5) What is the most enlightening thing psychology has taught you?

I was shy as a child because I gave others more respect and power than I gave myself. Because of psychology, I had this enlightening moment when I realized we’re all imperfect and everyone has insecurities. Knowing this makes me less nervous, more confident. Even the smartest people have areas of knowledge about which they know little of. I am not ashamed to admit I have less knowledge on some topics. But all of us have the ability to learn.

6) How do you differentiate personal and professional life?

We all live one life and for me, it becomes very hard to differentiate these two things. So, the best way to balance these two sides of the same coin is to learn how to prioritize and what to prioritize. Also, I take short breaks whenever I feel the need to, it can be as short as a day but it helps immensely.

7) What is the scariest experience with any client?

As a therapist, scary situations or scary ideas from clients are pretty common. It’s not an everyday thing, but it’s frequent enough and a good therapist is always prepared. I am not allowed to reveal them but there are many books out there about scary personal stories of psychologists’ clients and the stories are usually similar.

8) What is the most fearless thing you have done in your life?

Create the life that I want.

9) Has the company affected the personal lives?

Yes, some of my team members are also my friends and when you are switching between two roles of being a leader and a friend, it can affect the relationships. But I am lucky to have a very understanding and resilient team.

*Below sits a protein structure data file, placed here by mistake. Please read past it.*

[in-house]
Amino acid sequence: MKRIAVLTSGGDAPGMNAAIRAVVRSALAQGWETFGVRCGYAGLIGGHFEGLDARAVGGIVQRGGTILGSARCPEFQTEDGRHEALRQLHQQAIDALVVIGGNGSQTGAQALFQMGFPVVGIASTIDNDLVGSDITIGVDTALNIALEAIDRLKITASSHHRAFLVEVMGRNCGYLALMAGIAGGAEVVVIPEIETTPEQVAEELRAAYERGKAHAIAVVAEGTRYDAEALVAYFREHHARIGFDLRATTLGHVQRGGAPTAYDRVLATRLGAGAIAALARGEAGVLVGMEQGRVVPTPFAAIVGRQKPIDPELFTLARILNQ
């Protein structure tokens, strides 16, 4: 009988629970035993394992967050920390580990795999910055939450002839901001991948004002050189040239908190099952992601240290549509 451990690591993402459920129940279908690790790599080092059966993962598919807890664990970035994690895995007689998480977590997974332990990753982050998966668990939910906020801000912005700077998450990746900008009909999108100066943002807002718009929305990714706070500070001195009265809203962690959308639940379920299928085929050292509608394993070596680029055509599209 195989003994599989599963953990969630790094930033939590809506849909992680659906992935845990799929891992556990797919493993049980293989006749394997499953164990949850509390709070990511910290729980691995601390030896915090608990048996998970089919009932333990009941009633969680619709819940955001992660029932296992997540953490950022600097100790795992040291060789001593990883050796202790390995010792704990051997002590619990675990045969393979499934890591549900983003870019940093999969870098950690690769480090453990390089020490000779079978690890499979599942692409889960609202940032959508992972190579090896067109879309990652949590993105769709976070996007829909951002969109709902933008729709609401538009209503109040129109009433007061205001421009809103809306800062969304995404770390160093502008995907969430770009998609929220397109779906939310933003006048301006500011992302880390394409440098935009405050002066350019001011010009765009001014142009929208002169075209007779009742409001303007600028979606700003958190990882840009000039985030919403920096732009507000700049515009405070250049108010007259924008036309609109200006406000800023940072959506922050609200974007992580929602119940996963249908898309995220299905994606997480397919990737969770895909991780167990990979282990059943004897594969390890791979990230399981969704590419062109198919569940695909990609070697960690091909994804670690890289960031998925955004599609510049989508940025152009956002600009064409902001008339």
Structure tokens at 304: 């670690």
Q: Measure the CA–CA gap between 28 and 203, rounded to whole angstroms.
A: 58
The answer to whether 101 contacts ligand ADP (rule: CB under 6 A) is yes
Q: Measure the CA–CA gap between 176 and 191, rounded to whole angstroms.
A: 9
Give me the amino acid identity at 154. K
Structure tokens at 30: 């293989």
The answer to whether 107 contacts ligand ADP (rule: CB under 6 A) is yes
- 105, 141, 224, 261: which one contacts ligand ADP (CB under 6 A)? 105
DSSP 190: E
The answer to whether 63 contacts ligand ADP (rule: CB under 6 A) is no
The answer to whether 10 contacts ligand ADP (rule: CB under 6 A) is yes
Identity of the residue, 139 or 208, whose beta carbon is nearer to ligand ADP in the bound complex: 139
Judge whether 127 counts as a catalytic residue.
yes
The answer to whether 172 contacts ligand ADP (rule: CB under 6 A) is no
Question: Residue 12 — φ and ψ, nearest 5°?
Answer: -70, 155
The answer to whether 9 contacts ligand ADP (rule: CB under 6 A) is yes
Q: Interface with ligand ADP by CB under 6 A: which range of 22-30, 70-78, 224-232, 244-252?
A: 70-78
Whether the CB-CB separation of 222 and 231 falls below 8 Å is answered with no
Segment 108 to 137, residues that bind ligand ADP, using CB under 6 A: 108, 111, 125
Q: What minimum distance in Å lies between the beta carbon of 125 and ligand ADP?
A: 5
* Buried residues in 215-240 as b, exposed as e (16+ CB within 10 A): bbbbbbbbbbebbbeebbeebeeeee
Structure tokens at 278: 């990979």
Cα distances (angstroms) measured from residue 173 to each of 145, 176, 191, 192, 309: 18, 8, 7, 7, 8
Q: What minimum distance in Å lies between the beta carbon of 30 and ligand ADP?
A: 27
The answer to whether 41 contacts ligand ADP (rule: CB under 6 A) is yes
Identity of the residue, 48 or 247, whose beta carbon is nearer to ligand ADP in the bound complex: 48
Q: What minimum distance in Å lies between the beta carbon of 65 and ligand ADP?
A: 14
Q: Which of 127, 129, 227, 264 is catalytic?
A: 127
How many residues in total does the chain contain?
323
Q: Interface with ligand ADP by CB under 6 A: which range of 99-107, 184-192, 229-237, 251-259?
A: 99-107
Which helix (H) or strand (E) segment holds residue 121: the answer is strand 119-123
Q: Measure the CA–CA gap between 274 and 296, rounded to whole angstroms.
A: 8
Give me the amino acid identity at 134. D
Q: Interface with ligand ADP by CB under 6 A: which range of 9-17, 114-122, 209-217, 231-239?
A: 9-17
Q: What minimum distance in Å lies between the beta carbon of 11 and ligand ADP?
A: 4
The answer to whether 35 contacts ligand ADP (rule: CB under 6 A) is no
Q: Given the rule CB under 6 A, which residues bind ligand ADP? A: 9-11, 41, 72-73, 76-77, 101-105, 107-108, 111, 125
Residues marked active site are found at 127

10) What has been your inspiration?

My parents. My entrepreneurial spirit originated from my dad’s entrepreneurial spirit and my mother has always taught me that women have excellent leadership capabilities.

11) What advice would you like to give to young entrepreneurs?

I’m very new to this business world myself but if there’s one thing I know for sure by now is that every entrepreneur needs a team to be successful. If you like being in charge and people have an easy time following your vision, you could make a very good entrepreneur. You are only as good as your team!

12) How was life in quarantine?

Quarantine was not all bad for me as I was running my company in full swing and providing services online globally (especially in Malaysia and India). Working from home, however, was very challenging. Throughout this pandemic, I have realized how important human interaction is to live. We take a lot of things for granted. The biggest thing to come out of this isolation is appreciation.


MentCouch Psychology Centre Suite 1-02, 1st Floor, Menara Atlan, 161 B Jalan Ampang, 50450 KL


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About The Author

Anirudh Chandel

| Lawyer | Writer | Traveller | Footballer |

1 Comment

  1. Uzair

    What a lovely read!